Each livery company will have their own customs and procedures regarding toasts, but this note aims to set out some guidelines on the subject.
Broadly speaking the following are the likely toasts at a formal livery dinner or banquet:
Loyal Toast – The Queen
Second Loyal Toast – The Other Members of the Royal Family
Civic Toast – The Lord Mayor
The Worshipful Company etc, and the Master.
Taking each in turn:
Loyal Toast – The Queen
Always the first of the toasts, and correctly should not be pre-announced by the Beadle or Toastmaster, who will simply gavel firmly and loudly to achieve silence.
[Should the beadle/toastmaster be briefed
to call for silence and ask the company to stand (which is not the strictly
correct procedure), then on no account should he mention the master –
eg Pray silence for the Master. This is
likely to then lead to an entirely inappropriate round of applause for the
Whereupon, without preamble or introduction, the Master will rise and simply say The Queen.
There then follow three possible scenarios:
Musicians play the National Anthem, and guests sing the words.
Musicians play the National Anthem, and guests remain silent.
No Musicians present
If there are musicians, a decision should be made in advance as to whether the assembled company should sing the National Anthem. If it is the Company’s custom/preference to sing, then IMMEDIATELY the words The Queen are announced, the pianist/musician should strike up with a reasonably lengthy introductory chord, to allow everyone to stand and clear their throats! (the pianist/bandmaster will need to be firmly and clearly briefed accordingly).
If it is not the Company practice to sing the National Anthem, then the musicians should again start playing IMMEDIATELY after the words The Queen, but without opening bars/chords.
In both these cases, the imperative for the musicians to start the National Anthem immediately is to prevent the guests toasting and drinking before the Anthem, instead of after.
On conclusion of the National Anthem, the Master should repeat the words The Queen, and the toast follows.
If there are no musicians, then after the Master has announced The Queen, everyone simply stands up and repeats The Queen.
It is City practice that everyone then sits down. However some Companies choose to remain standing for the Second Loyal Toast. If this is the case, then the Beadle should immediately gavel whilst the company is still standing (and then proceed as below).
Second Loyal Toast – The Other Members of the Royal Family
As soon as everyone has sat down, and before the hubbub of conversation re-commences, the Beadle gavels again for silence.
As before the Master then stands, and again without preamble, reads:
The Prince Philip, Duke of Edinburgh, the Prince of Wales, the Duchess of Cornwall, and The Other Members of the Royal Family.
Musicians (if present) then immediately play the first half of the National Anthem (never sung), and the toast follows as above – The Royal Family.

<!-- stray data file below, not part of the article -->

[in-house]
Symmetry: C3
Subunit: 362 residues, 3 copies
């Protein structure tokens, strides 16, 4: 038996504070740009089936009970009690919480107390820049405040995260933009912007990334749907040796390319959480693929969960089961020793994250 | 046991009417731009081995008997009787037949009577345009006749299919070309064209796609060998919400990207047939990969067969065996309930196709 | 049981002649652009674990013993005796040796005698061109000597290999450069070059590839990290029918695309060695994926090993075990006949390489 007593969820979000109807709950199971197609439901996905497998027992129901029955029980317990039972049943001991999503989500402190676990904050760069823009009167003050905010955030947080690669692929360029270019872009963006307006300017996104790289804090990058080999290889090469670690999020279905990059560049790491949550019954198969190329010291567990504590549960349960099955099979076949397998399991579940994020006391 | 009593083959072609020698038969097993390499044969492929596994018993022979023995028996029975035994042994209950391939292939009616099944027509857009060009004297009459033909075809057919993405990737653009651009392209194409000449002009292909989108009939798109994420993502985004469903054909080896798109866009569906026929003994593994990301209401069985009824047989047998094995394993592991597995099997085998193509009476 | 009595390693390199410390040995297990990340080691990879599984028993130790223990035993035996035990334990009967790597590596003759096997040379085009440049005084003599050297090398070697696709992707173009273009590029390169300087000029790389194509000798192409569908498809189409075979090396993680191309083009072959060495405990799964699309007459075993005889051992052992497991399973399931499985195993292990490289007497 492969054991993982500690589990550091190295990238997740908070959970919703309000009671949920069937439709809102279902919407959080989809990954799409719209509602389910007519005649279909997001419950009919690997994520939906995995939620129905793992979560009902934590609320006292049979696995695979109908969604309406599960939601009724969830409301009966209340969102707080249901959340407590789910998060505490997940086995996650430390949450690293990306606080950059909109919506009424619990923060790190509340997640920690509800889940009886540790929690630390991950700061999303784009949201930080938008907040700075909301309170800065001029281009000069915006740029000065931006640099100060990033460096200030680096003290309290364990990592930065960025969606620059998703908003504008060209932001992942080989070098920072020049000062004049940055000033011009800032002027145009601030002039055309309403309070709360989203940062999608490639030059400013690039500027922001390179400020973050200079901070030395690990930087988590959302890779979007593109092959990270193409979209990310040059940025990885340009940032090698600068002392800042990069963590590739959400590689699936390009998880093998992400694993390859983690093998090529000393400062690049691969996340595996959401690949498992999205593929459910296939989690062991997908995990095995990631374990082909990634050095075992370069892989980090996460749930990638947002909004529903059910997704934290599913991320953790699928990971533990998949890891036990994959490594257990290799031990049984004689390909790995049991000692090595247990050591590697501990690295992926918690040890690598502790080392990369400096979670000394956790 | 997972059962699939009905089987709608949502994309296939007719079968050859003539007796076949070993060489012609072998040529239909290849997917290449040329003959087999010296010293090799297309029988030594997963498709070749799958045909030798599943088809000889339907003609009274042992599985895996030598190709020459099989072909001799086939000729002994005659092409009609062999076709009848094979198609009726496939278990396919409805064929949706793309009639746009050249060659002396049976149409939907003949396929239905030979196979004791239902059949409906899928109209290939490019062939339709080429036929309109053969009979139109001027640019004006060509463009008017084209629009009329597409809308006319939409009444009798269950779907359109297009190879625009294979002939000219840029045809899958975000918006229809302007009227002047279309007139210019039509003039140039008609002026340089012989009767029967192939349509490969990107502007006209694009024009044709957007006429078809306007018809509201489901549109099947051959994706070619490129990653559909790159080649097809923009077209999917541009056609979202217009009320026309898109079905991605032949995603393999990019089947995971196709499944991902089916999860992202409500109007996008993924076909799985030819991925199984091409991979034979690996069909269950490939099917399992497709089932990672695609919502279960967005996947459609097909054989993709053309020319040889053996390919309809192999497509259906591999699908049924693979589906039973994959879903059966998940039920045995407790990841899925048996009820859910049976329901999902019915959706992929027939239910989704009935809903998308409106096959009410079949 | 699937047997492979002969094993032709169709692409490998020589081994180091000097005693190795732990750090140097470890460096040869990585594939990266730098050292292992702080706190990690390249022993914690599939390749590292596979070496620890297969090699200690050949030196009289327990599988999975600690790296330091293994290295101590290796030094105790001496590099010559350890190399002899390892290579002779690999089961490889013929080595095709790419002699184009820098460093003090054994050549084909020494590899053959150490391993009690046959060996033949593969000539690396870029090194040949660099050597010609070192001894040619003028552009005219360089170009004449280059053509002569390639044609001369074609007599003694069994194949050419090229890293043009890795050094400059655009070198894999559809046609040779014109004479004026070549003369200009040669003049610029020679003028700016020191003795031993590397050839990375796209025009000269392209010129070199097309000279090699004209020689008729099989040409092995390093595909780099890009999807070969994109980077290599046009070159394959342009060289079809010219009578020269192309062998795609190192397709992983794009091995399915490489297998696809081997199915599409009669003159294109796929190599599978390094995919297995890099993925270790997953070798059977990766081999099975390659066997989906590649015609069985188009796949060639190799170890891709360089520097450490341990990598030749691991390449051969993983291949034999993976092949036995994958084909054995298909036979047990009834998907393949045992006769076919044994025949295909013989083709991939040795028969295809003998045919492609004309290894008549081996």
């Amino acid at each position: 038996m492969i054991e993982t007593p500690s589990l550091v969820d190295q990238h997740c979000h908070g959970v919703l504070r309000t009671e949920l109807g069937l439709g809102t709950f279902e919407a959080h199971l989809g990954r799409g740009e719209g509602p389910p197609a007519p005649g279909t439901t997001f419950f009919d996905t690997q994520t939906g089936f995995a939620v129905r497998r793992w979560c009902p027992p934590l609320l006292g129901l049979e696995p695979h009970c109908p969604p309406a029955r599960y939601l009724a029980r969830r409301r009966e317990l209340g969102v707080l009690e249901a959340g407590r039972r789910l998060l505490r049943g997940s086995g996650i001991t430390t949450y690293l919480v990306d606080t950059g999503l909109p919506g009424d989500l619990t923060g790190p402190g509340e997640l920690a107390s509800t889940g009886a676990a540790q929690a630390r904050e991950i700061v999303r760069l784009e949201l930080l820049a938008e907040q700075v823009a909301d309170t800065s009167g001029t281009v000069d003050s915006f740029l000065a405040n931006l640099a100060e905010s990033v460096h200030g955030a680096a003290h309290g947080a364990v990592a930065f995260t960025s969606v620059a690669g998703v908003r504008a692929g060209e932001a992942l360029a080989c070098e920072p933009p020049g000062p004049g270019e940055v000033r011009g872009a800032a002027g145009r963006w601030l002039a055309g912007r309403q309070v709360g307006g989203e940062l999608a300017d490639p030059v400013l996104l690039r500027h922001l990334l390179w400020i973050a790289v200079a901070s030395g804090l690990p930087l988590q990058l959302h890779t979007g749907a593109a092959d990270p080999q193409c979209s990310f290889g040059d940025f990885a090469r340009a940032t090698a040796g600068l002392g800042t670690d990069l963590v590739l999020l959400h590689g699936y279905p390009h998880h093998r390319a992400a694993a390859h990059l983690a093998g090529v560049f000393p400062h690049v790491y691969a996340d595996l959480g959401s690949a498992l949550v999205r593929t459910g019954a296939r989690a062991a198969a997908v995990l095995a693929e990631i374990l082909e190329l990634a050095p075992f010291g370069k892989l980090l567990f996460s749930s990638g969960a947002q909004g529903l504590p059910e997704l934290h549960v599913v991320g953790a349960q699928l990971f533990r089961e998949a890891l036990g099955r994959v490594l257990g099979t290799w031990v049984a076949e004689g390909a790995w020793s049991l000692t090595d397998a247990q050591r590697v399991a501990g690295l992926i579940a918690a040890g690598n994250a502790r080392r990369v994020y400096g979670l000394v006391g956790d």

Civic Toast – The Lord Mayor, the City of London Corporation and the Sheriffs
Several variations are possible, depending on whether or not the LM (or sheriffs) is present, and on which order the speeches are to be given. It is customary for the Master to propose this toast, and if he is not to be the first speaker, it is probably easiest if the Civic Toast follows immediately after the second loyal toast.
In this scenario, the procedure should follow exactly as for the toast above:
. . . . before the hubbub of conversation re-commences, the Beadle gavels again for silence.
The Master then stands, and again without preamble, reads:
The Lord Mayor, the City of London Corporation and the Sheriffs
Note if no sheriffs are present, this last part should be omitted. If the LM is not present, then the entire Civic Toast may be omitted, if it is not the Company practice (eg if the main purpose of the dinner is related to your industry or some non civic theme).
However, if the Master is to be the first to speak, and the LM is present, then he can sensibly conclude his speech with the Civic toast. Bear in mind that it can be very helpful to any speaker to be given a toast with which to bring his speech to an end.
But if the Master is welcoming the Guests, then he may sensibly wish to end by proposing the toast to the Guests – see below. Two consecutive toasts at this stage would be odd.
This toast invariably comes at the end of a speech of welcome to the guests, which will usually have been delivered by a warden or a (senior) liveryman. In this writer’s view, it is sensibly the first of the speeches, allowing the introduction of the guest of honour (who, again in this writer’s view, would go second).
The formal toast to the guests is normally given just by the members of the Company, and hence the proposer should make this explicitly clear at the end of his speech: I ask all Tiddlywink Makers to rise (pause) and drink a toast to (flourish), Our Guests!